Read part 1 first!
In this post, I look in more detail on how Tyson Seburn and I collaborated in designing assignments in our respective courses to improve learning and develop critical thinking. In his post this week, Tyson explains the process from his perspective. I’ll talk about it from my perspective and also discuss some of the technological issues I faced.
One of the lessons I learned over my years at the IFP is that having students use skills they developed in one course in another course is not an easy feat. Direct collaboration with the EAP instructors in our program allowed me to know what students were learning so I could make direct reference to it in my assignments and in class discussions. When it came to designing the Lecture Notes Assignment, Tyson and I met many times and discussed our goals in terms of learning outcomes – I wanted students to pick up what were the most important points in a lecture and make connections to assigned readings and visuals. As Tyson explains in his post, in his Critical Reading and Writing class, students do in-depth reading of texts through his Academic Reading Circles which have students rotate playing certain roles when reading a text. Many of these tasks were similar to what I was asking them to do. I made direct reference to them in my assignment instructions:
Being able to make these direct references allowed students to understand better what was expected of them since they already performed those roles many times in the previous semester. Talking about the assignment with Tyson also allowed me to understand better what might be stumbling blocks for my students. As a historian, I can easily evaluate their writing skills but most of us going through PhD programs were never taught how to *teach* writing. I often defer to the language instructors in the program when it comes to issues like that. I believe colleagues in other departments could benefit immensely from consulting writing instructors and ELL specialists in their university when designing assignments. I have avoided many pitfalls over the years by listening to their experience.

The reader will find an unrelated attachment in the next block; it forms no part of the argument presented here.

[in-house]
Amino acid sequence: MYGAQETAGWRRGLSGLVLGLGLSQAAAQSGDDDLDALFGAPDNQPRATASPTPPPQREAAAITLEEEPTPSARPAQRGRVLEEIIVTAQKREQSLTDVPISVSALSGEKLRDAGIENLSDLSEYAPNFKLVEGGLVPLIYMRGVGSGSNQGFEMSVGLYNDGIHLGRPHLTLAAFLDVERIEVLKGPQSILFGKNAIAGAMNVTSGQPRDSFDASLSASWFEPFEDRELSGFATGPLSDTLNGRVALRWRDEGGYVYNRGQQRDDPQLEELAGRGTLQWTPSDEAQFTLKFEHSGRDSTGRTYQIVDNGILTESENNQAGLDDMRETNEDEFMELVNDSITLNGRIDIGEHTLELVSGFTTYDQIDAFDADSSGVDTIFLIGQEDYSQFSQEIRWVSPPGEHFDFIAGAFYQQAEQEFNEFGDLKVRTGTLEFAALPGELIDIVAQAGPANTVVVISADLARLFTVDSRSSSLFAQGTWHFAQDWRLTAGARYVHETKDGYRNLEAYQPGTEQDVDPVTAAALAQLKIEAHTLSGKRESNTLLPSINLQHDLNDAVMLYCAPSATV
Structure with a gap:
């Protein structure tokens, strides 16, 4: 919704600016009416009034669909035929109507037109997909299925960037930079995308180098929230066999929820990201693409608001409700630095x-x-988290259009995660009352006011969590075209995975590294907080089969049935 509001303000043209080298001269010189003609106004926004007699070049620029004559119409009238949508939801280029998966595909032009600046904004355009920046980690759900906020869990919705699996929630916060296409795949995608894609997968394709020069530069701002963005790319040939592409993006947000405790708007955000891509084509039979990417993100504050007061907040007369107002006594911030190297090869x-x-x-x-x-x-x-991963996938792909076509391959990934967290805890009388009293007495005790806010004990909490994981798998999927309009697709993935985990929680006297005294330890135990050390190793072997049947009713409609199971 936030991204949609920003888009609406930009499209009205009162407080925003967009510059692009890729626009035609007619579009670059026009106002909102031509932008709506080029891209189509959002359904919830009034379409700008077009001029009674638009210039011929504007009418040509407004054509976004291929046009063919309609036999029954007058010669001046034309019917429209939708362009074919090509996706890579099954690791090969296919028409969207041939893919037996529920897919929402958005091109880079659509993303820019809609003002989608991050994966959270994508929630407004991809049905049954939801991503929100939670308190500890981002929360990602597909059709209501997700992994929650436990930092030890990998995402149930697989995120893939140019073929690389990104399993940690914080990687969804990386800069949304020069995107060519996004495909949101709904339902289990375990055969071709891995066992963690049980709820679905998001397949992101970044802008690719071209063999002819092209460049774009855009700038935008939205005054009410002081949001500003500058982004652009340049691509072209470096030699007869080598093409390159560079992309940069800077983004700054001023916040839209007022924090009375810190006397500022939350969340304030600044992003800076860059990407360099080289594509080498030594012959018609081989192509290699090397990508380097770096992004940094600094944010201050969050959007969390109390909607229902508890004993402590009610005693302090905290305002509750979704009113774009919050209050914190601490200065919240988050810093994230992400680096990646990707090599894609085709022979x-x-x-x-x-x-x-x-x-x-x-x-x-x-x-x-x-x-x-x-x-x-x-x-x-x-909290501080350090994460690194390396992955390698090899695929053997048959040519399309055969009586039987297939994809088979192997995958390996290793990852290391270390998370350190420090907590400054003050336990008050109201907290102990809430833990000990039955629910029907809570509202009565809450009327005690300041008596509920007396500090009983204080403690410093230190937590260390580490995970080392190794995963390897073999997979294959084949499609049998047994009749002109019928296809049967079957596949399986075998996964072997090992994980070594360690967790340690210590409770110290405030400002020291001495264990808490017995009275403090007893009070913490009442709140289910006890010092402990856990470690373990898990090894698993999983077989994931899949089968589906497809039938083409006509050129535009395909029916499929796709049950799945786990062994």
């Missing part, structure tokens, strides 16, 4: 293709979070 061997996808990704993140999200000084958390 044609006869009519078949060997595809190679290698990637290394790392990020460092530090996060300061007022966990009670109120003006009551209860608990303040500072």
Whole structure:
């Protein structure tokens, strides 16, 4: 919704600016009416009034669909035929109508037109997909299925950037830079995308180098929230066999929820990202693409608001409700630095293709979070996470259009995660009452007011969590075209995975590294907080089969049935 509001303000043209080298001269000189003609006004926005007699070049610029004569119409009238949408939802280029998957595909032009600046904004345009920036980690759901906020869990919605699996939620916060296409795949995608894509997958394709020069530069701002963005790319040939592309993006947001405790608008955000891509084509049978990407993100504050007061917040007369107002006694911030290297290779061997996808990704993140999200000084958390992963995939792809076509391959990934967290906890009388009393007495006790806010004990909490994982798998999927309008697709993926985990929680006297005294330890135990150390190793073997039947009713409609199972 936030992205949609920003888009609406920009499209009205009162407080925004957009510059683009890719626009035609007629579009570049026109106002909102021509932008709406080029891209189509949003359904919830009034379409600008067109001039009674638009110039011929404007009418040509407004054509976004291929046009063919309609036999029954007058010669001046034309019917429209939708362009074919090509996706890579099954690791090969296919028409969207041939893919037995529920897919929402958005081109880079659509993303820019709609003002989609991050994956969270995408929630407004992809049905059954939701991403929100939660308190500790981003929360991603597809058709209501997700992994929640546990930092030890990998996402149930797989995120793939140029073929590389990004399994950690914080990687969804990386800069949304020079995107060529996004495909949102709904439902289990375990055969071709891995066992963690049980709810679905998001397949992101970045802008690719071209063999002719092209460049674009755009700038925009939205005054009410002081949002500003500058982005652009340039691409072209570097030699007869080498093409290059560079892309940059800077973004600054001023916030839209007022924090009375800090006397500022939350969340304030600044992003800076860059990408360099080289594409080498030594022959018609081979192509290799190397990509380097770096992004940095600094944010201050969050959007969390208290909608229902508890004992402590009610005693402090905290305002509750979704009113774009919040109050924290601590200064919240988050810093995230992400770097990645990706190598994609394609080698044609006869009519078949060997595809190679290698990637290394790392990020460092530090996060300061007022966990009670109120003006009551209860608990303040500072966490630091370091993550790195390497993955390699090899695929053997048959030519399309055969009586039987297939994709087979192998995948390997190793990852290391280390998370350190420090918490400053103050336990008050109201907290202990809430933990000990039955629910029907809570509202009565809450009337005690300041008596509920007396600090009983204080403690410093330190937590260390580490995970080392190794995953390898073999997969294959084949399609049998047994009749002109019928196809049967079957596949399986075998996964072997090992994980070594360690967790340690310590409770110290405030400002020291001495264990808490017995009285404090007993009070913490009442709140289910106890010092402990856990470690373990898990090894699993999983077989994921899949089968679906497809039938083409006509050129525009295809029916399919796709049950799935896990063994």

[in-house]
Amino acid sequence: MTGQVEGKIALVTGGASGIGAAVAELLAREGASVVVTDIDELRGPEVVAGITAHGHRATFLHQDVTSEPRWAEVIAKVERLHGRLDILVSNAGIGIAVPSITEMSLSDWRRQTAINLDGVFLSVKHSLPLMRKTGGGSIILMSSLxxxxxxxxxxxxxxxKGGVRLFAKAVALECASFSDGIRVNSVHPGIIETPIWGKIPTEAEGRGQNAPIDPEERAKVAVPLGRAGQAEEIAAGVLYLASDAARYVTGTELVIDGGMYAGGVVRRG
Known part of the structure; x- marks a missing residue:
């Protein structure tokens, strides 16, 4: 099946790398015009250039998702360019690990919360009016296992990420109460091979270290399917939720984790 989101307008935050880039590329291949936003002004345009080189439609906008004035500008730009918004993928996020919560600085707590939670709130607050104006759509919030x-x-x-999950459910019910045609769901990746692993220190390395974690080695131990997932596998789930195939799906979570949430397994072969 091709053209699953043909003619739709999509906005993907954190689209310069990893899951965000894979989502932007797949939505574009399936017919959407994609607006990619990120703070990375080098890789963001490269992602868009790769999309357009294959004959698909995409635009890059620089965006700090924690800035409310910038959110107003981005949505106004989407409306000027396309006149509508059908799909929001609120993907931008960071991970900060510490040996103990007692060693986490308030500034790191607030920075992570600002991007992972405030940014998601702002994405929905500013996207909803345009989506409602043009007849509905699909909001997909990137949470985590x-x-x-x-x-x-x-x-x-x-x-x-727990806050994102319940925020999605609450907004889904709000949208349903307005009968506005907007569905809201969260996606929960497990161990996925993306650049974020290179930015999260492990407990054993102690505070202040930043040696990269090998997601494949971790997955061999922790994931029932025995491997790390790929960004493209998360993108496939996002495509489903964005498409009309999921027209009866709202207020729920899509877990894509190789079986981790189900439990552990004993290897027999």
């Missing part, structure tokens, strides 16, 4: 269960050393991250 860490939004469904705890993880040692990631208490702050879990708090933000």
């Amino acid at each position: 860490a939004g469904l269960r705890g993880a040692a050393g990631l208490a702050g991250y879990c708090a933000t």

Using Google Docs
When I first used the Lecture Notes Assignment in a third year class, years ago, the tool for collaborative writing at the time was the wiki. Each lecture had a page on a PBwiki site for the course and students edited the page to put their notes and the other tasks I asked of them. This time I wanted to use Google Docs since I rely on it so much for all my collaborative writing and it would be a useful tool to learn to use. My challenge is that the class is fairly large – I have 300 students this year, broken up into 19 tutorial sections, led by 7 TAs. My solution was to create a Google Drive folder for each of my TAs with a Doc for each of the lectures and a sign up sheet.
Here’s what the folder looked like:
The students would be sent a link to the sign up sheet, which looked like this:
When students clicked on the topic, it would take them to a google doc with the template for the assignment.
Click on the image below to see the full document:
I have to admit it was a lot of work creating the folders and ALL the docs at once. I wish Google Drive allowed copying and pasting of multiple files. I think this year I’ll share the sign up sheet and then create the docs only for the topics the students sign up for. And maybe I create one folder and my TAs then create their own folders based on it so they too can learn some new skills if they are not used to working with Google Docs?
The year before, I shared the whole folder with the students but that was a bit more messy. Students ended up not using the templates or even creating doc inside the folder. Instead, they would upload word documents that were not collaborative in nature and on which TAs could not leave comments unless they then imported it to google drive as a doc. Working with Tyson on these issues has been great since we both believe in teaching more digital literacy and like figuring out ways of doing it.
Next post I’ll discuss more the results of this experiment and perhaps try to outline more explicitly the benefits of this king of collaboration. Stay tuned!